So I'm looking at the book "Equilibrium Statistical physics" by Plischke and Bergersen. I'm doing the calculation of the specific heat of the 2D Ising model. I can't seen to quite get out the same expression as in the book - there are a coupe of minus signs that are different. I don't know if I...
4. Specific heat in for the Otto cycle

A class project requires us to model the Otto cycle using ideal gas properties. We are not given the value for qin (specific heat in) and are told to make an intelligent approximation. My approach to this has been to find the calorific value of petrol, multiplying this by the density of petrol...
5. Finding specific heat C_p coefficients using NIST

I am trying to find the specific heat (at constant pressure) ##C_p## coefficients linked to the JANAF model, which basically assumes that ##C_p## is a polynomic function of ##T##, for liquid nitrogen (at ##\approx## 97 K). Before doing that, I am trying to find those for water (at ##\approx##...
6. Why Is My Calculation of Heat Energy Incorrect?

At first, I tried to calculate the heat energy required by doing this: I realized I should calculate heat energy separately instead of grouping glass and water together so I did this: But the answer is supposed to be 6.29 x 10^4. I don't know how to solve this. Can anyone help please? Thank you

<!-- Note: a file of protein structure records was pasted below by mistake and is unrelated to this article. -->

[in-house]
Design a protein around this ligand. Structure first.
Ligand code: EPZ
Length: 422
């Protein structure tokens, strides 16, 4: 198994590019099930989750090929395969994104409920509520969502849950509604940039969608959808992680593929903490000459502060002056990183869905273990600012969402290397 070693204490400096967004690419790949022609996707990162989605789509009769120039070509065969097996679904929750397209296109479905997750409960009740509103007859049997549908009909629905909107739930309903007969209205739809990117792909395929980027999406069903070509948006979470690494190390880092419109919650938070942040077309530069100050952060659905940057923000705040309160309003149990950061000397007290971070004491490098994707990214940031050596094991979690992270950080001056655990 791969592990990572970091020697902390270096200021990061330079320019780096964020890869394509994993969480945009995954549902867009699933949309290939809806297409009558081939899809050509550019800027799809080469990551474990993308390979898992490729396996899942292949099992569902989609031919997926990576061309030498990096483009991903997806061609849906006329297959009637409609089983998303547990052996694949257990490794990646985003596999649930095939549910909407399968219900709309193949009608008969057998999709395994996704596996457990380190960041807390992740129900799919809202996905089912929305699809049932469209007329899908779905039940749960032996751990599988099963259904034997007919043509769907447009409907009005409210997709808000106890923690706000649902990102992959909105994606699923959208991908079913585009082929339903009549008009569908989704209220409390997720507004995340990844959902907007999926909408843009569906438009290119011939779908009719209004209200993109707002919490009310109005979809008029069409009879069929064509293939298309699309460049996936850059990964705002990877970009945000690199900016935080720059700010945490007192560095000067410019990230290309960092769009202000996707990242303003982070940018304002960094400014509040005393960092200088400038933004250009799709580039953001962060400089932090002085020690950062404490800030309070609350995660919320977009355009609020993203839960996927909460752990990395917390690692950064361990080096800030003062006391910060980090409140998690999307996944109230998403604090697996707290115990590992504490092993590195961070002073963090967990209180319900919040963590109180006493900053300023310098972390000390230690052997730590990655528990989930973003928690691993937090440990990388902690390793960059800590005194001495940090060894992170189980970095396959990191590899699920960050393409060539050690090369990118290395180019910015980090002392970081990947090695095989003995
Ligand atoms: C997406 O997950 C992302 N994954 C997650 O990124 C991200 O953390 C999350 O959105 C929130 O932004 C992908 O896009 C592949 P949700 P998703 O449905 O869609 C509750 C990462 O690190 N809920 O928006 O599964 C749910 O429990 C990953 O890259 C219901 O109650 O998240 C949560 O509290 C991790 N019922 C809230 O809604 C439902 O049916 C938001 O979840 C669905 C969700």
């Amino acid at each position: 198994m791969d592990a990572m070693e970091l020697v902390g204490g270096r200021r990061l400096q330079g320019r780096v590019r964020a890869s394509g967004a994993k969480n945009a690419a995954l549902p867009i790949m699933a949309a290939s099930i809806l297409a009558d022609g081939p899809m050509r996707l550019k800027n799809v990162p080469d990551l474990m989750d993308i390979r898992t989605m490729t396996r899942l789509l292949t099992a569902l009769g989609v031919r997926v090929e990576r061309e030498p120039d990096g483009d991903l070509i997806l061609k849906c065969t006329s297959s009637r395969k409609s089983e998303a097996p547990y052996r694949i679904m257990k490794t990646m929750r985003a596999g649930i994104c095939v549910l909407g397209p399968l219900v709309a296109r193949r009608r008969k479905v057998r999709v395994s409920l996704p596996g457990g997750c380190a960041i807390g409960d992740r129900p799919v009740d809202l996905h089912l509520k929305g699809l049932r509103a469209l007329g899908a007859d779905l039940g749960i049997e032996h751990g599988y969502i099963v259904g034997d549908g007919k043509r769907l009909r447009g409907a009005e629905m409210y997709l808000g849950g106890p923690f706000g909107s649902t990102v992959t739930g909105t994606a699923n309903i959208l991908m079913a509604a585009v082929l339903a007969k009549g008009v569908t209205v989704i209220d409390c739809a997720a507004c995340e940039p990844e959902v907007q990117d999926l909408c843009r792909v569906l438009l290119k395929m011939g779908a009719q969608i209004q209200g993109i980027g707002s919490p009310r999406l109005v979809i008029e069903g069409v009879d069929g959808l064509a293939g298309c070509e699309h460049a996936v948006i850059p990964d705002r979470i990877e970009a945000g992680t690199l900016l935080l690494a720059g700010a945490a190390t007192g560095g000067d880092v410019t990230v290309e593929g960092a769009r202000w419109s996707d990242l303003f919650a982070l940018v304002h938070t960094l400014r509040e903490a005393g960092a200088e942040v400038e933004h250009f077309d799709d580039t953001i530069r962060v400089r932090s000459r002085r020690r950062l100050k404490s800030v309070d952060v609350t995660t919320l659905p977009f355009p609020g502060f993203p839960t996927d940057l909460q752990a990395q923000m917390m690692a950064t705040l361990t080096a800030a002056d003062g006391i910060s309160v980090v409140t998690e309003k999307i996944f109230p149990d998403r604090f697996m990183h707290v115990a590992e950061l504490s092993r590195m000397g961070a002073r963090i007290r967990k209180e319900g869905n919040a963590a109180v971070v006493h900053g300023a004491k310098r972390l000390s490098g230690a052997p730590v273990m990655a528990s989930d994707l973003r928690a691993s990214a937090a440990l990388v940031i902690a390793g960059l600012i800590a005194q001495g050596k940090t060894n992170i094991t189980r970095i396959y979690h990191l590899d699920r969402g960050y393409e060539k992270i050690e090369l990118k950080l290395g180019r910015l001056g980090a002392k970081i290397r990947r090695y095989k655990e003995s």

7. Confusion about whether to use the specific heat of water or ice

My thought process of how i do the ice melting part: (note I just ignore the copper/lead part cause I already know how to do that part) Q_ice + Q_melt + Q_liquid so, it 0.018(2100)T+0.16(4190)T+0.018(334*10^3) but on chegg they didn't use 2100 but they just use 4190 instead and I am confused...
8. Finding Specific Heat of a solid

I thought it might me a ratio of the atomic masses. 27 / 63.6 = x / 900 x = 382 J/kg-K
9. E

I Calculating the Area of an RN Event Horizon with Specific Heat Formula

By definition ##C = T_H \dfrac{\partial S}{\partial T_H} \bigg{)}_Q## so given ##A=4S## we first need to work out the area of the event horizon. More specifically, let ##\Sigma## be a partial Cauchy surface of constant ##v## in ingoing EF ##(v,r,\theta, \phi)## co-ordinates then ##A## is the...
10. A query about heat capacity and specific heat capacity

Homework Statement:: why does heat capacity depend on the mass/size of the object when it's units is J/K , and why is specific heat capacity dependent on the material/substance when it's unit is J/kgK? Relevant Equations:: Q=Cθ Q=mcθ -
11. Specific heat capacity & heat capacity

the answer is 1/2 , but when I did the working out, I got 2/1.. so I'm quite confused
12. Calculating specific heat capacity from entropy

Hey guys! I'm currently struggling with a specific thermodynamics problem. I'm given the entropy of a system (where ##A## is a constant with fitting physical units): $$S(U,V,N)=A(UVN)^{1/3}$$I'm asked to calculate the specific heat capacity at constant pressure ##C_p## and at constant volume...

40. Why don't units have match for specific heat and mass

Homework Statement A problem will ask for an amount of substance in kilograms to be raised to a certain temperature and the specific heat be given in J/g*K. The amount of substance is not required to be converted to grams to match the units in the specific heat to get the correct amount of...
41. Interpreting Molar Specific Heat number